Rick Bonnell, our late colleague at The Charlotte Observer, loved to mentor young men. And so it’s only fitting that the Charlotte Hornets — the team he covered so long and so well for our organization since the franchise was born in 1988 — established an annual scholarship in his name, to be awarded to a current journalism student at a North Carolina college.
I’m pleased to announce on behalf of the Hornets and The Observer that Noah Monroe, a 19-year-old college sophomore from Concord who attends UNC, has earned the first Rick Bonnell Memorial Scholarship. Monroe will be recognized Friday night at the Hornets’ home game against Toronto.
Monroe, a sportswriter at the UNC campus newspaper The Daily Tar Heel, will receive a one-time scholarship of $10,000 to help with his college expenses. The cash came from the many donors who gave money in Bonnell’s name to the Charlotte Hornets Foundation.
You could say that Monroe had quite a journey to get to this point, and you could say that he was happy when the scholarship committee told him about his award, and in both cases that would be an understatement.
In 2016, Monroe was diagnosed with cancer three days before his 14th birthday. What followed was 14 months of grueling chemotherapy and radiation treatments. Thankfully, he has been cancer-free for more than four years now. At The Daily Tar Heel, he has written about basketball, football, soccer and gymnastics. He also drove 650 miles roundtrip to Towson, Md., so he could cover the national women’s lacrosse championship in person.
In other words, he hustles, just like Bonnell always did.
And when Monroe found out he had won the Bonnell scholarship?
“It was a Zoom call, and some members of the committee called me and told me I was a finalist,” Monroe said. “They asked me a few questions about journalism and the scholarship, and then suddenly they said I got it. Then I broke down and hurt.”
The scholarship committee included members of the Charlotte Hornets Foundation, Charlotte Observer senior sports editor Matt Stephens and Bonnell’s two children, Jack and Claire. There were many worthy applicants, but Monroe’s application stood out for his achievements, honesty and sense of humor.
Because of the chemotherapy used to treat his cancer — rhabdomyosarcoma, a pediatric cancer of the skeletal muscles — Monroe lost his hair and it has mostly not grown back.
Monroe wrote in his application: “As a result of my cancer, Mr. Bonnell and I have something else in common, the same hairstyle — bald on the top with a little on the side.”
Bonnell died in Charlotte in June 2021, of natural causes. He was 63 years old. His death left a deep hole in our newsroom, which had already suffered another wrenching loss only eight days before when award-winning photographer David T. Foster III had also passed away from natural causes.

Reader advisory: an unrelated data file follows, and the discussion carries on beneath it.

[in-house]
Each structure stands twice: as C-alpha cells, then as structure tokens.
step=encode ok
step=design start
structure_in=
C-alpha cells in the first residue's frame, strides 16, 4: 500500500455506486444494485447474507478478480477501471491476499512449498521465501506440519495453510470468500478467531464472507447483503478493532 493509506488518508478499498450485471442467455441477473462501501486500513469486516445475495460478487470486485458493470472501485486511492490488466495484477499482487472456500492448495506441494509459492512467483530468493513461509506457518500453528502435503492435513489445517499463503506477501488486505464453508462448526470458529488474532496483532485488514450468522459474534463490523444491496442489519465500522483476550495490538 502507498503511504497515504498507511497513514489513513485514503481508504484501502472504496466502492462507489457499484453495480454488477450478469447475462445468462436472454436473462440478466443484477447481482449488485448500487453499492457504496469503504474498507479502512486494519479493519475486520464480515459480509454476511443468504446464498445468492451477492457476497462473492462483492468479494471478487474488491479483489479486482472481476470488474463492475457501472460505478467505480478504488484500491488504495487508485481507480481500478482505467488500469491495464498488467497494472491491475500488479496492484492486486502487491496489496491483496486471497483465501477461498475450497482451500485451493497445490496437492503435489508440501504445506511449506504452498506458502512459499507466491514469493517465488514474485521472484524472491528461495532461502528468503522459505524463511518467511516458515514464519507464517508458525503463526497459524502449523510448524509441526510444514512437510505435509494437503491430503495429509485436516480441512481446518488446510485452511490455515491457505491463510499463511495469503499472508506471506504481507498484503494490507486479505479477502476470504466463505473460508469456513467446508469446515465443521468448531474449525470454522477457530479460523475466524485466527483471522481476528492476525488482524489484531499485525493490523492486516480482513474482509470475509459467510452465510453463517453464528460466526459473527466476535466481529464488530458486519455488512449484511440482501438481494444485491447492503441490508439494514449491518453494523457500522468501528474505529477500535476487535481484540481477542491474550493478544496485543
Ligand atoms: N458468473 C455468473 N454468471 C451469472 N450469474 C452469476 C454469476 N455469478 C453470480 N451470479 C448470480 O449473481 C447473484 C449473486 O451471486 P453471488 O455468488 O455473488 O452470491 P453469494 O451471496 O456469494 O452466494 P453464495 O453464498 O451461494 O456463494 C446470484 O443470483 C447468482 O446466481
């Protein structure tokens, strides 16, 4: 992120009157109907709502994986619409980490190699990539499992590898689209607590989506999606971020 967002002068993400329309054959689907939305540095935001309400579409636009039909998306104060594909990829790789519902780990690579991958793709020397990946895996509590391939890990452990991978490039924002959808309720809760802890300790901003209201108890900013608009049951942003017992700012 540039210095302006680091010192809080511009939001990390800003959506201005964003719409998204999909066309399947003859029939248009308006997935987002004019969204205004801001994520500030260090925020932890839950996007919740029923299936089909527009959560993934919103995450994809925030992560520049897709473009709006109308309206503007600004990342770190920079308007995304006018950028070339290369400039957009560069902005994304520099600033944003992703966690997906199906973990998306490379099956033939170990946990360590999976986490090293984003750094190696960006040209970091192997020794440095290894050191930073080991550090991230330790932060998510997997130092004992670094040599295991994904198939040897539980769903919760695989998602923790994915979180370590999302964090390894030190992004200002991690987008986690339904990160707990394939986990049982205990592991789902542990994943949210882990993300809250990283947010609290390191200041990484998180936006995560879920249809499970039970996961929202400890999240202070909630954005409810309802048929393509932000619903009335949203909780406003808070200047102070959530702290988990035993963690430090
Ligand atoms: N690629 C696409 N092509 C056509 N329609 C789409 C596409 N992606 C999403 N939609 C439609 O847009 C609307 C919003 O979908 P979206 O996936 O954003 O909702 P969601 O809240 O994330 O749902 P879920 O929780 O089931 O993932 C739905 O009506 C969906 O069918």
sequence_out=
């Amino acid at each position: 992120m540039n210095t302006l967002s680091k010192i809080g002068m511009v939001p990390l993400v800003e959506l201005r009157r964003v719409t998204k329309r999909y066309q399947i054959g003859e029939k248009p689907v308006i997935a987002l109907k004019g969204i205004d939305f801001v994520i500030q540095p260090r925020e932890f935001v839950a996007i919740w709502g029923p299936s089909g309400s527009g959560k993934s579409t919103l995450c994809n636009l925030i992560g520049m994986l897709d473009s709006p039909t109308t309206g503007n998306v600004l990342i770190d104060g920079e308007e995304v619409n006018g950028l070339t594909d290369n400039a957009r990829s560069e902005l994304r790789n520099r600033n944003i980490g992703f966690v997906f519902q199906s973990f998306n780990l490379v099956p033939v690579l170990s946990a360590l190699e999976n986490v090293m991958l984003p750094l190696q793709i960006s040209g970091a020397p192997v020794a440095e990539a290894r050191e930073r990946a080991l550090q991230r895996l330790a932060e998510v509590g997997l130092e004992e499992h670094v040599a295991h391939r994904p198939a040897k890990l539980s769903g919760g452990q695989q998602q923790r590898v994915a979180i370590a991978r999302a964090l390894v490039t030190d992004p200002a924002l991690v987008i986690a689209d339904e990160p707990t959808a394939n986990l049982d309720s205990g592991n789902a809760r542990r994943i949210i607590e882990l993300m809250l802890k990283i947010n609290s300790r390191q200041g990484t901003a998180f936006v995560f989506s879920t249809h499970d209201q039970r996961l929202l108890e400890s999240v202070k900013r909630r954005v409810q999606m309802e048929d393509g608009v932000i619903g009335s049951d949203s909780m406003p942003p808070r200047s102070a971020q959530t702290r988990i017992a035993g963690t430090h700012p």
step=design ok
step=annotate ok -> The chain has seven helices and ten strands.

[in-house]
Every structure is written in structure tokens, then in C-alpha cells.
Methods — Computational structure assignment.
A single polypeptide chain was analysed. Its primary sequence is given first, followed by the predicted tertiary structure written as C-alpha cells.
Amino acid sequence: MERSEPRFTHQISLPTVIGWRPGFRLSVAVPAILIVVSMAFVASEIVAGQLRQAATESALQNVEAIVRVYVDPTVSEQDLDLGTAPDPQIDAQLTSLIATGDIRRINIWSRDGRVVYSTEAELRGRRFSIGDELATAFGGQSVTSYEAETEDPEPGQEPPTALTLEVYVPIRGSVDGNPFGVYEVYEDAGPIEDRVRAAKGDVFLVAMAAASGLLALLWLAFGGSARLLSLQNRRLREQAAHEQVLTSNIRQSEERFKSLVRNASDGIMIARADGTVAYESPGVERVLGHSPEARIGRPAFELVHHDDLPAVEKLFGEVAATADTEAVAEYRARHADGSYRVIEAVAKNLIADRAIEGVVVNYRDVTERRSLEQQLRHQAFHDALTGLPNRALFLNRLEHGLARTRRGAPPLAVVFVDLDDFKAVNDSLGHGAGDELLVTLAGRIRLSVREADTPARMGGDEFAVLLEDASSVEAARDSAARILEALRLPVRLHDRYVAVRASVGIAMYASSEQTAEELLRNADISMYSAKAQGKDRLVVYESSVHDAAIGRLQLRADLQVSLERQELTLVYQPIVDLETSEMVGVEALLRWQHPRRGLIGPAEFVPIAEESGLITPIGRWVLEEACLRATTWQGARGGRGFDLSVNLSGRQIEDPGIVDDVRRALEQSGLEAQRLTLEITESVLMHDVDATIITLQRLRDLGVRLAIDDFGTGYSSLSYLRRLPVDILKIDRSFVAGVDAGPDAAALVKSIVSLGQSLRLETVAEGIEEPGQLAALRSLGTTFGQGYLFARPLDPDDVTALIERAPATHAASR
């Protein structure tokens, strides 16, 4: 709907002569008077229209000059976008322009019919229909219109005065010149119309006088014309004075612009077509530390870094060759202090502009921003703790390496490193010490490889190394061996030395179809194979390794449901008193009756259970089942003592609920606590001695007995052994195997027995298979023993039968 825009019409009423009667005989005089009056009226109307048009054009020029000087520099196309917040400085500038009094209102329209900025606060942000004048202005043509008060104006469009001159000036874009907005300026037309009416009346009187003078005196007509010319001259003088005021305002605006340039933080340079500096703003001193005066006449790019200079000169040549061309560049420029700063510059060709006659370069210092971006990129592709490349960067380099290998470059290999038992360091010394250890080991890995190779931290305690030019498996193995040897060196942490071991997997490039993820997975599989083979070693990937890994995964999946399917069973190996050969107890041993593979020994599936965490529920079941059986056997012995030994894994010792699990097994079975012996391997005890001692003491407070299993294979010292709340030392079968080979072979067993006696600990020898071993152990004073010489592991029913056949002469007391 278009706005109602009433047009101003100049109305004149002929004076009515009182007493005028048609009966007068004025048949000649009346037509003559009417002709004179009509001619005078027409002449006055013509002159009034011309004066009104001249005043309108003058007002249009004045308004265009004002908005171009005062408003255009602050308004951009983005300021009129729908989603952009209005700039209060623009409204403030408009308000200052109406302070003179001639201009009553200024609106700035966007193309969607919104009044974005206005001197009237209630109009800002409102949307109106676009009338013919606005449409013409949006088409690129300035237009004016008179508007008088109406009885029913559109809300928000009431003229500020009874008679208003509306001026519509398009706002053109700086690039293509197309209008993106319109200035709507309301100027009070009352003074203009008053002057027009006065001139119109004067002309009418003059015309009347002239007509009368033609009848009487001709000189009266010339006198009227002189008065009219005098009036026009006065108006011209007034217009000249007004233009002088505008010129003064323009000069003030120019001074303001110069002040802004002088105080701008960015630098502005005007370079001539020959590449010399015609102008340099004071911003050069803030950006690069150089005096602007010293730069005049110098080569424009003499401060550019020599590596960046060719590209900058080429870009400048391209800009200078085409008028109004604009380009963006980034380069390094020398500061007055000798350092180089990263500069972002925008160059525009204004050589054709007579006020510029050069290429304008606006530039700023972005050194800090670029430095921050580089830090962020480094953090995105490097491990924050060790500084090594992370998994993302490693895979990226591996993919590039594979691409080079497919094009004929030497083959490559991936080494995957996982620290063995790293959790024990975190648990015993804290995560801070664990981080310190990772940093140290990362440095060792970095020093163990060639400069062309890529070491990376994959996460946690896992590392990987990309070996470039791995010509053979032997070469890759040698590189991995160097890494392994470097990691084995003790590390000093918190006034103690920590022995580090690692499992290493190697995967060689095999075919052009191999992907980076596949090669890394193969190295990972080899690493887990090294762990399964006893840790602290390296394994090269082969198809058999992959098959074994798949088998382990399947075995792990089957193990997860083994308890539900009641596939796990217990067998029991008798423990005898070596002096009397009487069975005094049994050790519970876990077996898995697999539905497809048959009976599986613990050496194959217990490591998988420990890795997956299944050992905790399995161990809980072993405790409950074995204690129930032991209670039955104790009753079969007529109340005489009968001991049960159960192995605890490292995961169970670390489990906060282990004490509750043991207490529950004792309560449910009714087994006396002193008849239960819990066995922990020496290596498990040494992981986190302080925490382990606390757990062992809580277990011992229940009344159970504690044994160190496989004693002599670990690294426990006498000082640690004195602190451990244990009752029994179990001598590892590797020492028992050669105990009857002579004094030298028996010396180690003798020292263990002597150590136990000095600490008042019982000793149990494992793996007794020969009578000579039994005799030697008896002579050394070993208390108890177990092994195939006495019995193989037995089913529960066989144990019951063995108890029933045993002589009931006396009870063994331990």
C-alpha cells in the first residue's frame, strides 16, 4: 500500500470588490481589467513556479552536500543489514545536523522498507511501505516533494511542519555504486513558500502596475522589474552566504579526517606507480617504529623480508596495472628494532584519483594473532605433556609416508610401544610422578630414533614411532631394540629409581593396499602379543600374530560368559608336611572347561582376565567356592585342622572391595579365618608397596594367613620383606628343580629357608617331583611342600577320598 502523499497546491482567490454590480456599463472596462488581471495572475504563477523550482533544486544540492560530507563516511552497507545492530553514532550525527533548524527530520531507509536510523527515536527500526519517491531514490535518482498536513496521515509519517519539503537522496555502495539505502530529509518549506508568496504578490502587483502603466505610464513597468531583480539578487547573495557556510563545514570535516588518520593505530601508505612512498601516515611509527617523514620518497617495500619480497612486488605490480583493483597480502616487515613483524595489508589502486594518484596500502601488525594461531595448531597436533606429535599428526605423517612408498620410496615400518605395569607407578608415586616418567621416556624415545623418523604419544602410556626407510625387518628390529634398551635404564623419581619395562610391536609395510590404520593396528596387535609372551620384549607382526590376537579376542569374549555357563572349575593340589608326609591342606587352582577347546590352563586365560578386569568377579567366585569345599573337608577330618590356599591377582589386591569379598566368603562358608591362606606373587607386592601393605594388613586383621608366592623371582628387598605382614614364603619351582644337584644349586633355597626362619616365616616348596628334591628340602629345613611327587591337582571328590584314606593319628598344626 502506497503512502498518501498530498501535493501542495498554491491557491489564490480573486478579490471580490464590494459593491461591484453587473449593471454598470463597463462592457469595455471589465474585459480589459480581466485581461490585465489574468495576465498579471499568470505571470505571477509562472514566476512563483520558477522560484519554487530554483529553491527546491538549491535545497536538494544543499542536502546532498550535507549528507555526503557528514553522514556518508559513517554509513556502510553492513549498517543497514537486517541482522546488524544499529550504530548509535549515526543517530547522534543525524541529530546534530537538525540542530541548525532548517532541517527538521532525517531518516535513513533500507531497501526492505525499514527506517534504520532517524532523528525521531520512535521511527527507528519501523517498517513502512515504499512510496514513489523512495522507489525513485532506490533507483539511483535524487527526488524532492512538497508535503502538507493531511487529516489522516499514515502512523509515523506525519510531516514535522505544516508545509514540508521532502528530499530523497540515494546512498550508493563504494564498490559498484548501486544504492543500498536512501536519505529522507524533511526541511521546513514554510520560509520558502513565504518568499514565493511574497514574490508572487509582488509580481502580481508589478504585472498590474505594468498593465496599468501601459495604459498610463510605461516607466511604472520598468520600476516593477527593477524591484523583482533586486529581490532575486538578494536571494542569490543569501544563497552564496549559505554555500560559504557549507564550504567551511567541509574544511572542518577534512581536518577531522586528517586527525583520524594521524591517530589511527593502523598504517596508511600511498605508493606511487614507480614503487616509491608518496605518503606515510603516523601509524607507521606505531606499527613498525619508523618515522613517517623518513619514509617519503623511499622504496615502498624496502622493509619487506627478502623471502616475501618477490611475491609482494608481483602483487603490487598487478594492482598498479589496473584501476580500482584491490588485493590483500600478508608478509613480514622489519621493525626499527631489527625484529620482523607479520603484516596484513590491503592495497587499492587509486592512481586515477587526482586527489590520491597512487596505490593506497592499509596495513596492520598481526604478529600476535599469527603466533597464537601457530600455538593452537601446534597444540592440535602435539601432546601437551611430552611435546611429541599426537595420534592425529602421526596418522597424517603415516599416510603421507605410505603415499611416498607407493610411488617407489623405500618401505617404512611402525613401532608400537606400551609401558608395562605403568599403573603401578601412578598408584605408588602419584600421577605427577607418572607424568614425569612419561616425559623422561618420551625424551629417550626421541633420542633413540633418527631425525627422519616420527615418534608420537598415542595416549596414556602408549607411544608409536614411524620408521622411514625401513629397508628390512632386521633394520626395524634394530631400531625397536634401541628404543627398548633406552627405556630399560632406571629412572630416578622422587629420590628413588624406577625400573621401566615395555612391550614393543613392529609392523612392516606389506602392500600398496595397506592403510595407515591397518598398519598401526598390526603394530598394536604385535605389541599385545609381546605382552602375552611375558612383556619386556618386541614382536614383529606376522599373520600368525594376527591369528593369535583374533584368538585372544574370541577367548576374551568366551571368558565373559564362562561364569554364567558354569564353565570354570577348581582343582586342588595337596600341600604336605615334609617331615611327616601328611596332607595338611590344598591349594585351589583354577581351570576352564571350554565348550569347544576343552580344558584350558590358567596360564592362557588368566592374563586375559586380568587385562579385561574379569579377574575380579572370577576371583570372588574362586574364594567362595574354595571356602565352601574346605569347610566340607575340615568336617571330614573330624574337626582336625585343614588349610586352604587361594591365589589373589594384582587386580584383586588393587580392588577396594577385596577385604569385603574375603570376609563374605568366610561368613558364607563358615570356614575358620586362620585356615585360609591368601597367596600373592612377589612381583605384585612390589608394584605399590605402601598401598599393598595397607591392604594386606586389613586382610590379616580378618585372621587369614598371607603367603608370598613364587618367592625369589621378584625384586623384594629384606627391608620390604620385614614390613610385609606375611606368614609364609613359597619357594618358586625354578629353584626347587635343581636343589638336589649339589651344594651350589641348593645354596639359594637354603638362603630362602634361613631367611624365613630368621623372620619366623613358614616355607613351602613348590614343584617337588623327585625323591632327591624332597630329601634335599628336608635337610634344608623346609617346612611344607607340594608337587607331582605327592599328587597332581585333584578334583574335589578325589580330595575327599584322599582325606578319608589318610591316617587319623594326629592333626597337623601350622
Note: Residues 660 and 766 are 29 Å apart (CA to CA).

Bonnell was a generous colleague and a great friend to me and many others. He was a foodie, a beach-lover, a proud Syracuse graduate, a hoops junkie and the one reporter in the Charlotte media market who Hornets owner Michael Jordan was most likely to call back.
“I’m very sad to learn about Rick’s passing,” Jordan said when Bonnell died. “Rick was a staple at Hornets games, dating back to my playing days at the old Charlotte Coliseum.”
Bonnell was such a longtime fixture in the Charlotte media market that Noah Monroe’s father, David Monroe, once shadowed him for an assignment. David Monroe was a student at East Mecklenburg High in 1990 when he participated in a program designed to help Charlotte-Mecklenburg High school students learning about potential future careers. The day he shadowed Bonnell wasn’t one of the most noteworthy of Bonnell’s career — he wrote a daily story and interviewed then-Hornets head coach Gene Littles — but it left an impression on Monroe.
“It was a fantastic day,” David Monroe said. “I saw how he put his thoughts into words, and I got to see how a professional conducted an interview with an NBA head coach. It really left an impression on a young, aspiring journalist.”
Monroe did go on to pursue a career in sports journalism. After college, he went to work for the Carolina Panthers, helping to shepherd the franchise’s website for many years. He currently serves as the Panthers’ team historian.
Now Bonnell, through the scholarship in his name, will influence Noah Monroe, David’s son.
“This was a tremendously hard decision,” said Jack Bonnell, Rick’s son and part of the scholarship committee. “We appreciate so much the Hornets and their wonderful foundation for leading the charge on this and all of the people who donated money in my Dad’s name — and there were so many of them — to make it possible. My Dad was passionate about trying to help young reporters, and Noah is such a deserving recipient of this first scholarship.”
Noah Monroe will work as an intern for the Winston-Salem Dash minor-league baseball team this summer. He has a 3.7 grade-point average at UNC. He will mark his five-year cancer-free anniversary in June. By all accounts, his future is bright.
Rick Bonnell would be proud if he knew that he was also making Noah Monroe’s future a little brighter.
In fact, somewhere, I’m sure he does.